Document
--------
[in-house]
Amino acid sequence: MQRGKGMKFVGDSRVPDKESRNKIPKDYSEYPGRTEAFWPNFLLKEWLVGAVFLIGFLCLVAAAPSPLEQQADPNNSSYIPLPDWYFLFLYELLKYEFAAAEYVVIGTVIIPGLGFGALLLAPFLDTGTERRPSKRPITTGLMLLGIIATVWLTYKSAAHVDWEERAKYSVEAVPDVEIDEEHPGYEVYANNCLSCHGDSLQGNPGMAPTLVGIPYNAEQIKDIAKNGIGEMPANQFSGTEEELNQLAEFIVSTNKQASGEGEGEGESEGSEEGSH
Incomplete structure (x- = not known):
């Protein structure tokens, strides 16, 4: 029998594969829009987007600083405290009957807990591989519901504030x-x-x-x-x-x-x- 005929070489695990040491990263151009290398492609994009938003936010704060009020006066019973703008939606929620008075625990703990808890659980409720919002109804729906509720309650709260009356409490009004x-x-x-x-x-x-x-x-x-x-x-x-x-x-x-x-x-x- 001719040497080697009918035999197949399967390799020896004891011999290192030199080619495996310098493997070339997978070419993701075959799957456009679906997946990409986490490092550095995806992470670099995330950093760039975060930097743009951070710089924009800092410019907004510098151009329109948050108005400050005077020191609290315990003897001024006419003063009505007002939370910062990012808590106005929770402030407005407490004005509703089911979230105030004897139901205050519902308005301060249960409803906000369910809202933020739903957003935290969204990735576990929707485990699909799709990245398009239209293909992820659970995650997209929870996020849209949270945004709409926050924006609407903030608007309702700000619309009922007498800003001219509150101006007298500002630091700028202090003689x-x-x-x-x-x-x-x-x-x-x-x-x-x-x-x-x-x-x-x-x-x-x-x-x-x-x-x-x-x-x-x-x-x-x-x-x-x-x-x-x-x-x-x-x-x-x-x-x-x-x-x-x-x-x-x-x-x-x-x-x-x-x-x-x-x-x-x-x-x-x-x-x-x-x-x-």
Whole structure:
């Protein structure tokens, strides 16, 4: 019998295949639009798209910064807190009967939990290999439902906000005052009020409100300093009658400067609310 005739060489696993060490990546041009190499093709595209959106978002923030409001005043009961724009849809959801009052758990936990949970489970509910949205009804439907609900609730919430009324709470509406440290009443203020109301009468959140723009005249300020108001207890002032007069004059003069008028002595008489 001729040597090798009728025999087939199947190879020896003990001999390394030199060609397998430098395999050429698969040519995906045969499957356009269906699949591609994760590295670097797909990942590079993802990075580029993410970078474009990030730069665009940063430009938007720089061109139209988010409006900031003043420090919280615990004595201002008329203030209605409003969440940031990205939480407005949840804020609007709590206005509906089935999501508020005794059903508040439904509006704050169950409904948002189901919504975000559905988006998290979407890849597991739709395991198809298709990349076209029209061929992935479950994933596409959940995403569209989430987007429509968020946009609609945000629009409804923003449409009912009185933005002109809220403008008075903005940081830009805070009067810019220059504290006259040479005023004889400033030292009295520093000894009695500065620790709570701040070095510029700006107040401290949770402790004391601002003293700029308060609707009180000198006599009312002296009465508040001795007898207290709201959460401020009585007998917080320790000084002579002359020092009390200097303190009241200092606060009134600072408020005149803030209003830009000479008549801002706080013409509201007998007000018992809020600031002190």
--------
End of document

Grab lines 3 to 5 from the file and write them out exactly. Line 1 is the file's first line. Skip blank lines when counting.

Incomplete structure (x- = not known):
């Protein structure tokens, strides 16, 4: 029998594969829009987007600083405290009957807990591989519901504030x-x-x-x-x-x-x- 005929070489695990040491990263151009290398492609994009938003936010704060009020006066019973703008939606929620008075625990703990808890659980409720919002109804729906509720309650709260009356409490009004x-x-x-x-x-x-x-x-x-x-x-x-x-x-x-x-x-x- 001719040497080697009918035999197949399967390799020896004891011999290192030199080619495996310098493997070339997978070419993701075959799957456009679906997946990409986490490092550095995806992470670099995330950093760039975060930097743009951070710089924009800092410019907004510098151009329109948050108005400050005077020191609290315990003897001024006419003063009505007002939370910062990012808590106005929770402030407005407490004005509703089911979230105030004897139901205050519902308005301060249960409803906000369910809202933020739903957003935290969204990735576990929707485990699909799709990245398009239209293909992820659970995650997209929870996020849209949270945004709409926050924006609407903030608007309702700000619309009922007498800003001219509150101006007298500002630091700028202090003689x-x-x-x-x-x-x-x-x-x-x-x-x-x-x-x-x-x-x-x-x-x-x-x-x-x-x-x-x-x-x-x-x-x-x-x-x-x-x-x-x-x-x-x-x-x-x-x-x-x-x-x-x-x-x-x-x-x-x-x-x-x-x-x-x-x-x-x-x-x-x-x-x-x-x-x-």
Whole structure: